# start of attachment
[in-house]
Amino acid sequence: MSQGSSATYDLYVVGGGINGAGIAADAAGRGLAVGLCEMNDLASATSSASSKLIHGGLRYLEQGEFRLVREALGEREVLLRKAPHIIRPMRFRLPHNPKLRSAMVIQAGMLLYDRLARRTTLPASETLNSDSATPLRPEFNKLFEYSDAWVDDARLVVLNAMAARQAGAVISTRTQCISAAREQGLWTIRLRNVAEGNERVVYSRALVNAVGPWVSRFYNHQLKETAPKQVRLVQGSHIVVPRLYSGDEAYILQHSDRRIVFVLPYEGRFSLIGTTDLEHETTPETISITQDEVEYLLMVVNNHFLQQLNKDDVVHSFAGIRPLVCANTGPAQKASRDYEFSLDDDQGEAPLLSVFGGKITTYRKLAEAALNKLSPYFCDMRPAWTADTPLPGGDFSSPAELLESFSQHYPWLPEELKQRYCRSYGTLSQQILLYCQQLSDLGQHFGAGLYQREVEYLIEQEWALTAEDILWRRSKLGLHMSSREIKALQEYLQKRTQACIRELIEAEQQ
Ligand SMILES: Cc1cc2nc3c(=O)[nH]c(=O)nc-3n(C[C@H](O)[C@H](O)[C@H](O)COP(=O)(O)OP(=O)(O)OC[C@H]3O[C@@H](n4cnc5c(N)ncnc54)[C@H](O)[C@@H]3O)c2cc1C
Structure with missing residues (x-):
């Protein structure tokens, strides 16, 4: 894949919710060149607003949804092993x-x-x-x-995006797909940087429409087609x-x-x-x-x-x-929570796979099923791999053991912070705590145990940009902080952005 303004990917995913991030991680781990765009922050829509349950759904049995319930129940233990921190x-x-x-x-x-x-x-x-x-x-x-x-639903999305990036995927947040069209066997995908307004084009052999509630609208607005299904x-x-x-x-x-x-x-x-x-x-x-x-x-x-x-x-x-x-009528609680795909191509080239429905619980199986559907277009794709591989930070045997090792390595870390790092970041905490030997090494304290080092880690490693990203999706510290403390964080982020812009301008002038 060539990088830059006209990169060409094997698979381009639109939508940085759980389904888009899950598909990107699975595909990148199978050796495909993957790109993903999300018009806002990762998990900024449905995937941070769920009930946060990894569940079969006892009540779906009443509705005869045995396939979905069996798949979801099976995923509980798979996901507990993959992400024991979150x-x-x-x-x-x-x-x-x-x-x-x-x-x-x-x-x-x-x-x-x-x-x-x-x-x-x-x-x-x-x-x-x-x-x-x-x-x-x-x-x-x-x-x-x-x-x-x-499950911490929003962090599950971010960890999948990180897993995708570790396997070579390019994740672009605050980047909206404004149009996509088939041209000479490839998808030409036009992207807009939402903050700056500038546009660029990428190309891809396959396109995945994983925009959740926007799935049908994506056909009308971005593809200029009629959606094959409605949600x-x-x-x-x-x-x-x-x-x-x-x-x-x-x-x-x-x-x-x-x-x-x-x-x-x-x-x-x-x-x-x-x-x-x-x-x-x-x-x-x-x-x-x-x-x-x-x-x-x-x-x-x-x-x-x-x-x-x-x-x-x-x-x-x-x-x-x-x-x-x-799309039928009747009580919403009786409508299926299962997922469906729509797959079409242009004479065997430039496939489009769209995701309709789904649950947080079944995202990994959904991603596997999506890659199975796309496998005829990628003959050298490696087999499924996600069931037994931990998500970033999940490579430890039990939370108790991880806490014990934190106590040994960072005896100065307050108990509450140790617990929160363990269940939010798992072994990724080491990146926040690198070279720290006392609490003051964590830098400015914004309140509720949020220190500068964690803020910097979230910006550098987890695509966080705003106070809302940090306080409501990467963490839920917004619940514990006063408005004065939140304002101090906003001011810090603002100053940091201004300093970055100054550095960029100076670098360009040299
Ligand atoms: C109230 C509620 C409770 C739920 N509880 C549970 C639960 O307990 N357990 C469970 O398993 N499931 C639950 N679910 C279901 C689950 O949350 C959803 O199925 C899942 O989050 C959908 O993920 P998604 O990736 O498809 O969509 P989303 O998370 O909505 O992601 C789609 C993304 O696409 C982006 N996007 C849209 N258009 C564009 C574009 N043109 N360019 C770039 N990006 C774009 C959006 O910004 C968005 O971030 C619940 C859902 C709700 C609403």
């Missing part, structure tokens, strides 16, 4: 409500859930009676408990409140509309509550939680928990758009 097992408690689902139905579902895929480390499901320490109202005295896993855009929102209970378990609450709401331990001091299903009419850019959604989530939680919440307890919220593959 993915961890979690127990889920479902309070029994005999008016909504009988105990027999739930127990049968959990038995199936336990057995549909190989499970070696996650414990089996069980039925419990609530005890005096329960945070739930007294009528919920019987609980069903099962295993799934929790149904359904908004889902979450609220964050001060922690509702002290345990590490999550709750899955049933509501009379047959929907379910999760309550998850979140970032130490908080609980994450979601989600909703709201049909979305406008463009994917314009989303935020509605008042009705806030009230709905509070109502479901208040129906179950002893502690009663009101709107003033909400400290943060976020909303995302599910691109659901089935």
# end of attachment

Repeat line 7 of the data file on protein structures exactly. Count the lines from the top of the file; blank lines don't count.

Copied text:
């Missing part, structure tokens, strides 16, 4: 409500859930009676408990409140509309509550939680928990758009 097992408690689902139905579902895929480390499901320490109202005295896993855009929102209970378990609450709401331990001091299903009419850019959604989530939680919440307890919220593959 993915961890979690127990889920479902309070029994005999008016909504009988105990027999739930127990049968959990038995199936336990057995549909190989499970070696996650414990089996069980039925419990609530005890005096329960945070739930007294009528919920019987609980069903099962295993799934929790149904359904908004889902979450609220964050001060922690509702002290345990590490999550709750899955049933509501009379047959929907379910999760309550998850979140970032130490908080609980994450979601989600909703709201049909979305406008463009994917314009989303935020509605008042009705806030009230709905509070109502479901208040129906179950002893502690009663009101709107003033909400400290943060976020909303995302599910691109659901089935």